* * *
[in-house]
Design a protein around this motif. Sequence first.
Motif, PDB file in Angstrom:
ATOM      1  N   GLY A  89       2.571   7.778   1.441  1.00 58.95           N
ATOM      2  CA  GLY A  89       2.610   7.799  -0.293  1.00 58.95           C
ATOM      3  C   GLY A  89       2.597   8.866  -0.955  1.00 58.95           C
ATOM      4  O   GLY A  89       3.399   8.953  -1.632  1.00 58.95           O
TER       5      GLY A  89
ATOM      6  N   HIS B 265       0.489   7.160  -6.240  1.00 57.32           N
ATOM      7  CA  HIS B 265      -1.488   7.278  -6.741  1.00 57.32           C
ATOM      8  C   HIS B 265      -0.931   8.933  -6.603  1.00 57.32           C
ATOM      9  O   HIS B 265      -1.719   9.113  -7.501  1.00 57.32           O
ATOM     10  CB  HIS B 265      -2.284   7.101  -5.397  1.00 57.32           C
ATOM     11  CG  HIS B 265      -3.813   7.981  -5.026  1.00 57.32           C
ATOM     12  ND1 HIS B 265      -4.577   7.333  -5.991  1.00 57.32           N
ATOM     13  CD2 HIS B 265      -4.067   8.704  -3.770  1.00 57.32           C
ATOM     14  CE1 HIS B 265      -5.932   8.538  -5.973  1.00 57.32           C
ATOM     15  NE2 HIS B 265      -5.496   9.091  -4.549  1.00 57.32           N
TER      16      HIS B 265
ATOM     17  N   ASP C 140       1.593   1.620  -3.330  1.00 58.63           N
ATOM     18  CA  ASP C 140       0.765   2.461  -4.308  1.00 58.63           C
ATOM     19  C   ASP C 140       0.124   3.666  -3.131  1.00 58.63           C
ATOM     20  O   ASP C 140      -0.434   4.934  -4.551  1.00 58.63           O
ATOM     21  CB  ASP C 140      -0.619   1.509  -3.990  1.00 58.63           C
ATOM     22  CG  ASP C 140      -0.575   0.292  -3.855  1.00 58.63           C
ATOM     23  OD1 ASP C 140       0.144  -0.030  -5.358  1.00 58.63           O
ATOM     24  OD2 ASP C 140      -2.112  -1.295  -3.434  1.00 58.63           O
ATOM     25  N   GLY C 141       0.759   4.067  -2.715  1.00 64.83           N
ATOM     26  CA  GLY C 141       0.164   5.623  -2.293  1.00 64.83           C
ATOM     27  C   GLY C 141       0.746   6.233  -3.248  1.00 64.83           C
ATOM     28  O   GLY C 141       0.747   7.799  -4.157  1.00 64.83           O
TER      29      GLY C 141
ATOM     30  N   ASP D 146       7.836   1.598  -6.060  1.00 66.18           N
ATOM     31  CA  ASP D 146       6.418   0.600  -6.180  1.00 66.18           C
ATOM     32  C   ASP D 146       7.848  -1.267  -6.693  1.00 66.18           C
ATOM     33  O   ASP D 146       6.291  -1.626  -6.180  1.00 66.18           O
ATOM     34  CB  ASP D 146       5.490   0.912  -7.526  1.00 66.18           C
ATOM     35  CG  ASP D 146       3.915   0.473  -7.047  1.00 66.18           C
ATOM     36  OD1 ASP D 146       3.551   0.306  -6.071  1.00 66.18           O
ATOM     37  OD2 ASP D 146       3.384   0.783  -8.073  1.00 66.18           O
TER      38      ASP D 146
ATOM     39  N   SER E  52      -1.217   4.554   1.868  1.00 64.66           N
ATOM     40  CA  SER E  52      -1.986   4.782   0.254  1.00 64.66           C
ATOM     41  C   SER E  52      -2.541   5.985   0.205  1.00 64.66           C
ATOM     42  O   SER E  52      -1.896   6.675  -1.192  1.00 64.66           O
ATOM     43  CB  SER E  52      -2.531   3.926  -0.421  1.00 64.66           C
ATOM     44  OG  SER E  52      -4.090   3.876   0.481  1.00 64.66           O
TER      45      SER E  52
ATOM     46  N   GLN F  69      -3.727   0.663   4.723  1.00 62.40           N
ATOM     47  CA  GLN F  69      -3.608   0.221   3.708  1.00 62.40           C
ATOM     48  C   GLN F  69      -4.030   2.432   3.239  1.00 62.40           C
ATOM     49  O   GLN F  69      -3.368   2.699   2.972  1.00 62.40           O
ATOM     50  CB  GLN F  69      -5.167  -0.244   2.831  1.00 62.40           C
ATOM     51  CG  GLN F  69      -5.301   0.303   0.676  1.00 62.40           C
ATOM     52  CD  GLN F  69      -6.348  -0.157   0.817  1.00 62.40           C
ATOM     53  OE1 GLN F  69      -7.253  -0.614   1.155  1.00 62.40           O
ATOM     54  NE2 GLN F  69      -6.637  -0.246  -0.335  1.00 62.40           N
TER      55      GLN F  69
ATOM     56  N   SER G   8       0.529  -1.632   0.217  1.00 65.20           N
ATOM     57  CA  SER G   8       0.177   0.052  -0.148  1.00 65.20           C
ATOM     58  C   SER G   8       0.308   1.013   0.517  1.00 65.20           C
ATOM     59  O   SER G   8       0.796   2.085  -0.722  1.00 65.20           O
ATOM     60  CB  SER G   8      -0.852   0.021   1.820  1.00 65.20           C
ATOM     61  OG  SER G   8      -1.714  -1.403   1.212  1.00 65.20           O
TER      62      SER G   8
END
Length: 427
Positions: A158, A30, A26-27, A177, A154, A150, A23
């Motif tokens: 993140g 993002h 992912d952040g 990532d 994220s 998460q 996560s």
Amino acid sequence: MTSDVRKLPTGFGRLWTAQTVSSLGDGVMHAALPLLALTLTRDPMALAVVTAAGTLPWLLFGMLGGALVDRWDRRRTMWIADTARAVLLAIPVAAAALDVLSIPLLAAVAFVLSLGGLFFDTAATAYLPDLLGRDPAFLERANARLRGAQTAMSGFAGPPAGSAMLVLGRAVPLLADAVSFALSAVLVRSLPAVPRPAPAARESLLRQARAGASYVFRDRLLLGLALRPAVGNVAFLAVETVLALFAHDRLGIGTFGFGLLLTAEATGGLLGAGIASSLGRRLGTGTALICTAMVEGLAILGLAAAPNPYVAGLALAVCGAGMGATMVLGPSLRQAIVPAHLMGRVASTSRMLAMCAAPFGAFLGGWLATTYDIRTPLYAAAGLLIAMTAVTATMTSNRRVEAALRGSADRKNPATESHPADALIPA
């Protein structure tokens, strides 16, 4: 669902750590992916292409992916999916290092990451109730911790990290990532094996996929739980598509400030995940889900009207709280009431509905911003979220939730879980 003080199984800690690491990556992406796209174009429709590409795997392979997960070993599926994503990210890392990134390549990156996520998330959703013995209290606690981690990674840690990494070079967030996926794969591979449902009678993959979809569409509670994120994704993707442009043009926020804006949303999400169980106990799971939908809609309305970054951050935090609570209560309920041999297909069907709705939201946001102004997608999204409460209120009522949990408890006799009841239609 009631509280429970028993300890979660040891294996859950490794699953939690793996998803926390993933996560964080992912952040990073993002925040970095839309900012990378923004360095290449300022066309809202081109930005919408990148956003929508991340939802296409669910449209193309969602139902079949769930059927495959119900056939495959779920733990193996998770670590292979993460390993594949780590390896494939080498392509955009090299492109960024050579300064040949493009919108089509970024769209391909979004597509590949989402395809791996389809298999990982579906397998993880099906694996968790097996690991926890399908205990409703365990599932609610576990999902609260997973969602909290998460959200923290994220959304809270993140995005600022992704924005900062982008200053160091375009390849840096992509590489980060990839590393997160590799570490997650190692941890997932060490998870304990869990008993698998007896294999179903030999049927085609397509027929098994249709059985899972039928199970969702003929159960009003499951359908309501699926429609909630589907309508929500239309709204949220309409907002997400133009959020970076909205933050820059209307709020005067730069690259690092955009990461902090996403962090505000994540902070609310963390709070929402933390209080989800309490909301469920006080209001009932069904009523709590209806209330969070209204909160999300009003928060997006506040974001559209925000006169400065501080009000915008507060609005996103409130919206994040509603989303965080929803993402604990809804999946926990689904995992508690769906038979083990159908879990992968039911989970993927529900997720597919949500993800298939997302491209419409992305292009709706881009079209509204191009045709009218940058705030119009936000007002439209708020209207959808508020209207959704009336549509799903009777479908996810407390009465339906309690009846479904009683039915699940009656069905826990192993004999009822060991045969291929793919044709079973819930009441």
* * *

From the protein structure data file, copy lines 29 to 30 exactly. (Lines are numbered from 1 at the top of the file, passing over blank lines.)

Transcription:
ATOM     26  CA  GLY C 141       0.164   5.623  -2.293  1.00 64.83           C
ATOM     27  C   GLY C 141       0.746   6.233  -3.248  1.00 64.83           C